Innovation and its inspirations aren't really as mysterious as they seem. The really great performance-enhancing ideas don't come from the research lab or the executive suite. They come from the people who daily fight the company's battle - those who serve the customers. Successful corporations that have developed a culture and reputation for innovative ideas have found ways to harness the creative energies and insights of employees across all functions and ranks. These companies have cultivated "innovation communities - work groups that tackle projects and problems in place of the traditional strategy to engage a team of expensive consultants. These groups provide the opportunity to give new shape and purpose to knowledge already possessed by those employees.

Companies establishing successful innovation communities share seven key characteristics and strategies:
  1. Creating the space to innovate. They designate time and organize effective meetings and communication mechanisms.
  2. Getting a broad variety of viewpoints. They deliberately cross horizontal boundaries to get input from all management (and non-management) levels, and they cross vertical boundaries to break down information "silos" and allow knowledge to spread among even unrelated departments.
  3. Creating conversation between senior management and participants. They require senior management to pay attention to what participants are saying.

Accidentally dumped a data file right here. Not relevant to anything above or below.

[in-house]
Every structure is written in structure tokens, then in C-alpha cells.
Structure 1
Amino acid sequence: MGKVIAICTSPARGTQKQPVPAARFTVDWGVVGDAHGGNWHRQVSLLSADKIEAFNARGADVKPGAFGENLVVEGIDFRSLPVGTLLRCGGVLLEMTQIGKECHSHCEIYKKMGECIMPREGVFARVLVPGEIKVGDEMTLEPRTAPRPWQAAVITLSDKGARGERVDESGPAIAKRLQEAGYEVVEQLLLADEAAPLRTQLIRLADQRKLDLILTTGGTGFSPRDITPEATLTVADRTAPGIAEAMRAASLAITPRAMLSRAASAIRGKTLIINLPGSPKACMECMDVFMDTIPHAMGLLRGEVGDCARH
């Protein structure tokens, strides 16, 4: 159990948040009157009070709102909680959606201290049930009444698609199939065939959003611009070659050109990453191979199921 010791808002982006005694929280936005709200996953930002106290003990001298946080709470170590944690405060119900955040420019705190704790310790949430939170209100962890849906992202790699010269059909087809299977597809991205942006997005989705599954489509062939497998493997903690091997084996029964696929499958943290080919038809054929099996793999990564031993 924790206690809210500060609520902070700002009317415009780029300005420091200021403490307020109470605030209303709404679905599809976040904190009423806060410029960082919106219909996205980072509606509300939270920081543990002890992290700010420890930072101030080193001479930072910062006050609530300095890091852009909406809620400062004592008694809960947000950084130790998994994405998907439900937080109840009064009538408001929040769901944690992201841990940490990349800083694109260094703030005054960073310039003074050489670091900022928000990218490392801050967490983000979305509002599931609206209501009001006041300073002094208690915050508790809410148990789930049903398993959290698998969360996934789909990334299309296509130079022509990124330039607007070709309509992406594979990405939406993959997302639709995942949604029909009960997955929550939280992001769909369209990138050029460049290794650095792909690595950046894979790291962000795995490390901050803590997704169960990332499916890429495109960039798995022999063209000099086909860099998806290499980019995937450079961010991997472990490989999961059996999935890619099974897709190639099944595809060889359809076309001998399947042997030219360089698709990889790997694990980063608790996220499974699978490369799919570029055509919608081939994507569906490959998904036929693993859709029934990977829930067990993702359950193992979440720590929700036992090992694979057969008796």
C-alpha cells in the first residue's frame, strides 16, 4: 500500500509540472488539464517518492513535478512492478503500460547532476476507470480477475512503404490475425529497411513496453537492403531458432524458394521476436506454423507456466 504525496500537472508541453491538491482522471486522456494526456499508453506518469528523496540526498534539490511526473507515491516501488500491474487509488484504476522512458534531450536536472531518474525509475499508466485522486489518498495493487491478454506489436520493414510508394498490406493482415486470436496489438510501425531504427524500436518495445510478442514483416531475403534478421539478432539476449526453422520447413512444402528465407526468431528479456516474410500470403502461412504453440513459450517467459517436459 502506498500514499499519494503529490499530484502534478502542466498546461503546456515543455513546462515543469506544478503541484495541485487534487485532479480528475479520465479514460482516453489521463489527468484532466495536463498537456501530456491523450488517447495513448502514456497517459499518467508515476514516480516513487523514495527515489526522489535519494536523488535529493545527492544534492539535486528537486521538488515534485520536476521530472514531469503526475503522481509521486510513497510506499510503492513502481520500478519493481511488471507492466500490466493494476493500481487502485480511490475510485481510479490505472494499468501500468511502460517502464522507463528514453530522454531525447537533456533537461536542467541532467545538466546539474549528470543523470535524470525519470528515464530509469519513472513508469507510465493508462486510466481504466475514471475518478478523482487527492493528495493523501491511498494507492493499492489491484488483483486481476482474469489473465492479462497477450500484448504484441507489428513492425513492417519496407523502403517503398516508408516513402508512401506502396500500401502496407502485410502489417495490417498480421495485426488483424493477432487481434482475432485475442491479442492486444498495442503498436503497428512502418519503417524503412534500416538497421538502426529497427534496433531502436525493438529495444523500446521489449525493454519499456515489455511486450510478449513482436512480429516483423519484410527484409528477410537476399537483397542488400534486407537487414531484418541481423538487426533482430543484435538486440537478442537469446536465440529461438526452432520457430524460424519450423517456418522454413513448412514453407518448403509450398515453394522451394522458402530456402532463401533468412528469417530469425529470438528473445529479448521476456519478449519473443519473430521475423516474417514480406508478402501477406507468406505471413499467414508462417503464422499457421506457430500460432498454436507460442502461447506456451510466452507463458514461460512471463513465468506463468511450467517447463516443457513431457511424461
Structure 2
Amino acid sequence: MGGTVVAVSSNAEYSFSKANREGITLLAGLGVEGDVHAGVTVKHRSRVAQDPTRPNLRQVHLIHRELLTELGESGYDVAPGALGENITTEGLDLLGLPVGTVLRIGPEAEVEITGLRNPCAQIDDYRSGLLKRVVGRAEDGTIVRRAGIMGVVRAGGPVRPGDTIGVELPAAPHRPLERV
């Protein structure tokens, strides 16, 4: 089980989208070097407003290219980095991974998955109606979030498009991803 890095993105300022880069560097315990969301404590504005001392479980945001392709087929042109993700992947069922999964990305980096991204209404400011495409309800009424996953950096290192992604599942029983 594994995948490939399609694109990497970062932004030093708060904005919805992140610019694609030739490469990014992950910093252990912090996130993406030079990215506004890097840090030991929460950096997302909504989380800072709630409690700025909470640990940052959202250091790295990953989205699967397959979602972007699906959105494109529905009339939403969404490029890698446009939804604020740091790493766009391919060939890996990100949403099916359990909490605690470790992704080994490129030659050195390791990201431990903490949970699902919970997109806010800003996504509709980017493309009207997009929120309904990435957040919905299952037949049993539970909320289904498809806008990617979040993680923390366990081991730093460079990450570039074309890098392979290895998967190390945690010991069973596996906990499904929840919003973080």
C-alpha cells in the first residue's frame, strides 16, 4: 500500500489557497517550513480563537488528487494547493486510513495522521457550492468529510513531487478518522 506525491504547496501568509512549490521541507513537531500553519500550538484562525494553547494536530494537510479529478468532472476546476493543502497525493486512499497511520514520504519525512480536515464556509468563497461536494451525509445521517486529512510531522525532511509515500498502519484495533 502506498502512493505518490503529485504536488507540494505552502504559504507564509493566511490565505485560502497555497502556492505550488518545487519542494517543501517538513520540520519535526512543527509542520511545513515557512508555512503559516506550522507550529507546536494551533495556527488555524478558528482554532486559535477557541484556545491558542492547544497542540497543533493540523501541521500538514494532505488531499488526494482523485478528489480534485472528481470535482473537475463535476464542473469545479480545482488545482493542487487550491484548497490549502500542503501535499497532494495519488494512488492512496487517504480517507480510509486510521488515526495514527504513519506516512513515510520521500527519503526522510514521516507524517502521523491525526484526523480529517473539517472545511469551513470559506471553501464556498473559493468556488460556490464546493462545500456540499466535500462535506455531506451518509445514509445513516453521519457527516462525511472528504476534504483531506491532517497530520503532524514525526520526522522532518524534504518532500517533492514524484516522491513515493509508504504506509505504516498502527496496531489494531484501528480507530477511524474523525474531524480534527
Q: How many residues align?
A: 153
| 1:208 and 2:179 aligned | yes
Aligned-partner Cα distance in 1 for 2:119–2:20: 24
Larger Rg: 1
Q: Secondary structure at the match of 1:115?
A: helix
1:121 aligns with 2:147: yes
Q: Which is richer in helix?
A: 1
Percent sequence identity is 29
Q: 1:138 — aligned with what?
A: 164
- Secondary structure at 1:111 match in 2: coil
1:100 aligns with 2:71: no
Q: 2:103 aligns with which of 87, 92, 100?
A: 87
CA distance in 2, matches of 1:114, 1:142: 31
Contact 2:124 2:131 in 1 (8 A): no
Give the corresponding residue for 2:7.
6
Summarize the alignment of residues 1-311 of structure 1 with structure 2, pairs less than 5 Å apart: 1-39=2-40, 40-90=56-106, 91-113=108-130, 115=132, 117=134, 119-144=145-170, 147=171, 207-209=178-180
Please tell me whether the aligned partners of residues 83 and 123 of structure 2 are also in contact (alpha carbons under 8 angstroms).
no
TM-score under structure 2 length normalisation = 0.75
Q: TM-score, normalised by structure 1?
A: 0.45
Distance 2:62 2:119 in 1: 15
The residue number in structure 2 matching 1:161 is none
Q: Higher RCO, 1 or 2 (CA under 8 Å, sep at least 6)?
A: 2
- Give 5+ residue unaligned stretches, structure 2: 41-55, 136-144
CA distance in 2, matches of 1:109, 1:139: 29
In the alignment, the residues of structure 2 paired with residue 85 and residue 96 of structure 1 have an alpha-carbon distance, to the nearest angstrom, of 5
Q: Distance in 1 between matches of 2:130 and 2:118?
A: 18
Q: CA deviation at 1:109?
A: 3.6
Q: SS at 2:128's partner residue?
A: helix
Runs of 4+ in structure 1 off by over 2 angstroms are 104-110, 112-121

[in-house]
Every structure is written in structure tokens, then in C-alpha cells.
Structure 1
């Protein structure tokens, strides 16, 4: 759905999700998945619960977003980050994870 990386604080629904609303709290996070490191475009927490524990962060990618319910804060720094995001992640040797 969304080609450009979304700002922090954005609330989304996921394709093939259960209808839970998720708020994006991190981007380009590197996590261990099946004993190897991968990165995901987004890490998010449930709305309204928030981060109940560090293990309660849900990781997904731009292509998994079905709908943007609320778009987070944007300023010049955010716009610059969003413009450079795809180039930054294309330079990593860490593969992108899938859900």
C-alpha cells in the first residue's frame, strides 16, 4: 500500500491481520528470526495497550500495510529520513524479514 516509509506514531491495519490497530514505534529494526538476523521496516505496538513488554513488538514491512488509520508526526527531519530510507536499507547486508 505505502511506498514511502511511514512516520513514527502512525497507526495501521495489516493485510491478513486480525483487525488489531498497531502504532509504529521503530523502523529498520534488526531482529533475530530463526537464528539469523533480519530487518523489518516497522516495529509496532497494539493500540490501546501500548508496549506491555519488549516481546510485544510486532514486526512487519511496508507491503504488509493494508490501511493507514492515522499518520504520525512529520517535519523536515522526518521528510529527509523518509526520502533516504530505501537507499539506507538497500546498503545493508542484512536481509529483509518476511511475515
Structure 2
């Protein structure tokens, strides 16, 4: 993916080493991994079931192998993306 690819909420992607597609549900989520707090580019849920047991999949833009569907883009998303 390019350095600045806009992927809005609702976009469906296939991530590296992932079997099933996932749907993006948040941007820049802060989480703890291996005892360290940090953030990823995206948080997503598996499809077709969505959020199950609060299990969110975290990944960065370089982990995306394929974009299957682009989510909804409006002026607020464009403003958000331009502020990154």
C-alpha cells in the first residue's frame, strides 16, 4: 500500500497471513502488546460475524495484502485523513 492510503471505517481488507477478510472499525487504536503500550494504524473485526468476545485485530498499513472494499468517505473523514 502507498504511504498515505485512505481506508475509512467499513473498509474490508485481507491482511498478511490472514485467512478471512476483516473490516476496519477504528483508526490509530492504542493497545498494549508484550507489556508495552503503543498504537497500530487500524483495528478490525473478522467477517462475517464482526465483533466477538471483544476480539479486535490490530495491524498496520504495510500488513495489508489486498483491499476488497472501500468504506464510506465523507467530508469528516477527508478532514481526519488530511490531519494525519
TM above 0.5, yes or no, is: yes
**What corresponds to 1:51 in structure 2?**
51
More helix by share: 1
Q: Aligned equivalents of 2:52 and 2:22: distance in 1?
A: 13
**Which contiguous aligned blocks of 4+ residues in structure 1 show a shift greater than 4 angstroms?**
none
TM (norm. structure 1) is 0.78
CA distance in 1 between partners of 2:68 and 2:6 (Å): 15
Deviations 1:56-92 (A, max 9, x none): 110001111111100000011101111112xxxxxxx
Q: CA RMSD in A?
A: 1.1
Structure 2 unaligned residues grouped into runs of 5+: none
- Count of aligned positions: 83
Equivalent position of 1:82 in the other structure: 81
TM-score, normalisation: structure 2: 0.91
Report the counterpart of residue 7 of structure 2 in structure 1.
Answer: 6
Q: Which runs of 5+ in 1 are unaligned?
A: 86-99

4. Pulling, not pushing, participants to join. They recognize that they can't force anyone to share the knowledge they have.
  5. Keeping development costs low by tapping unused talent. Participants usually continue to perform their regular roles even while working on the innovation project.
  6. Recognizing collateral benefits that sometimes equal or exceed the innovations themselves. Developing a "learning-organization" culture yields benefits that improve morale and company image.
  7. Recognizing that measurement is key. A company can sustain an innovation community only if it can produce demonstrable value. Successful companies keep track of how many innovative ideas make it from the communities' drawing boards to actual implementation—and measure the results.